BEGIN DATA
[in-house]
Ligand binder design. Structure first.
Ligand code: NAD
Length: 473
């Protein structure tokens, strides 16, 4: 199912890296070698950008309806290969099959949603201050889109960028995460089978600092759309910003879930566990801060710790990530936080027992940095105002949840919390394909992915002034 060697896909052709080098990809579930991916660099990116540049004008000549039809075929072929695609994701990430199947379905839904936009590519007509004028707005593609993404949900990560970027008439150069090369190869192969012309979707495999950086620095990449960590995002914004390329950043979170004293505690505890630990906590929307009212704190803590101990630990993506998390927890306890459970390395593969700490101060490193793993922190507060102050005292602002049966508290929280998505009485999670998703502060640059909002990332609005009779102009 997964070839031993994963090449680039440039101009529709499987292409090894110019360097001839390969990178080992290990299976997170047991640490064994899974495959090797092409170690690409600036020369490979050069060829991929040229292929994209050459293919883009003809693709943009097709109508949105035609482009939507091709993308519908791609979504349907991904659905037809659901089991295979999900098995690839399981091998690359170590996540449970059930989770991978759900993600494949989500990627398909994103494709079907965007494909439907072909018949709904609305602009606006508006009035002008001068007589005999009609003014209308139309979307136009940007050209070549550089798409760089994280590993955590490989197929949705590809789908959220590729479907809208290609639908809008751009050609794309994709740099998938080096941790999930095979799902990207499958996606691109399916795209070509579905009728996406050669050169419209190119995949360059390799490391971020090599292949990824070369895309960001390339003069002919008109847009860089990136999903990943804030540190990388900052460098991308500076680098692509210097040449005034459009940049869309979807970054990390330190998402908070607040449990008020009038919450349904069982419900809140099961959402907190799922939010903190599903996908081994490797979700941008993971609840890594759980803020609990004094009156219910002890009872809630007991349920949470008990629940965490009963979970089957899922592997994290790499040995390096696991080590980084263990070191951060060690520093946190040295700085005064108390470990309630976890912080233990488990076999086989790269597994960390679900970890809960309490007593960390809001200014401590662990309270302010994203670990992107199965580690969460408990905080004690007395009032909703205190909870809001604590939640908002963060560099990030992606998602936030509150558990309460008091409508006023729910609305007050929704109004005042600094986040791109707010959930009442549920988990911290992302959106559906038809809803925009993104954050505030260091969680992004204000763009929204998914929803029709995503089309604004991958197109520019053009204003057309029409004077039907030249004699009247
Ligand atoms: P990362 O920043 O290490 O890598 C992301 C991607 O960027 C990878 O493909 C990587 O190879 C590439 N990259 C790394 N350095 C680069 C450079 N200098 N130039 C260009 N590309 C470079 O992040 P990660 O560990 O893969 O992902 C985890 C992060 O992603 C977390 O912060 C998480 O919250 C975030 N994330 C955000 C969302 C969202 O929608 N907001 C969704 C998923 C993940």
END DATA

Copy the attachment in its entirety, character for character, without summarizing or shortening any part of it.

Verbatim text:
[in-house]
Ligand binder design. Structure first.
Ligand code: NAD
Length: 473
């Protein structure tokens, strides 16, 4: 199912890296070698950008309806290969099959949603201050889109960028995460089978600092759309910003879930566990801060710790990530936080027992940095105002949840919390394909992915002034 060697896909052709080098990809579930991916660099990116540049004008000549039809075929072929695609994701990430199947379905839904936009590519007509004028707005593609993404949900990560970027008439150069090369190869192969012309979707495999950086620095990449960590995002914004390329950043979170004293505690505890630990906590929307009212704190803590101990630990993506998390927890306890459970390395593969700490101060490193793993922190507060102050005292602002049966508290929280998505009485999670998703502060640059909002990332609005009779102009 997964070839031993994963090449680039440039101009529709499987292409090894110019360097001839390969990178080992290990299976997170047991640490064994899974495959090797092409170690690409600036020369490979050069060829991929040229292929994209050459293919883009003809693709943009097709109508949105035609482009939507091709993308519908791609979504349907991904659905037809659901089991295979999900098995690839399981091998690359170590996540449970059930989770991978759900993600494949989500990627398909994103494709079907965007494909439907072909018949709904609305602009606006508006009035002008001068007589005999009609003014209308139309979307136009940007050209070549550089798409760089994280590993955590490989197929949705590809789908959220590729479907809208290609639908809008751009050609794309994709740099998938080096941790999930095979799902990207499958996606691109399916795209070509579905009728996406050669050169419209190119995949360059390799490391971020090599292949990824070369895309960001390339003069002919008109847009860089990136999903990943804030540190990388900052460098991308500076680098692509210097040449005034459009940049869309979807970054990390330190998402908070607040449990008020009038919450349904069982419900809140099961959402907190799922939010903190599903996908081994490797979700941008993971609840890594759980803020609990004094009156219910002890009872809630007991349920949470008990629940965490009963979970089957899922592997994290790499040995390096696991080590980084263990070191951060060690520093946190040295700085005064108390470990309630976890912080233990488990076999086989790269597994960390679900970890809960309490007593960390809001200014401590662990309270302010994203670990992107199965580690969460408990905080004690007395009032909703205190909870809001604590939640908002963060560099990030992606998602936030509150558990309460008091409508006023729910609305007050929704109004005042600094986040791109707010959930009442549920988990911290992302959106559906038809809803925009993104954050505030260091969680992004204000763009929204998914929803029709995503089309604004991958197109520019053009204003057309029409004077039907030249004699009247
Ligand atoms: P990362 O920043 O290490 O890598 C992301 C991607 O960027 C990878 O493909 C990587 O190879 C590439 N990259 C790394 N350095 C680069 C450079 N200098 N130039 C260009 N590309 C470079 O992040 P990660 O560990 O893969 O992902 C985890 C992060 O992603 C977390 O912060 C998480 O919250 C975030 N994330 C955000 C969302 C969202 O929608 N907001 C969704 C998923 C993940």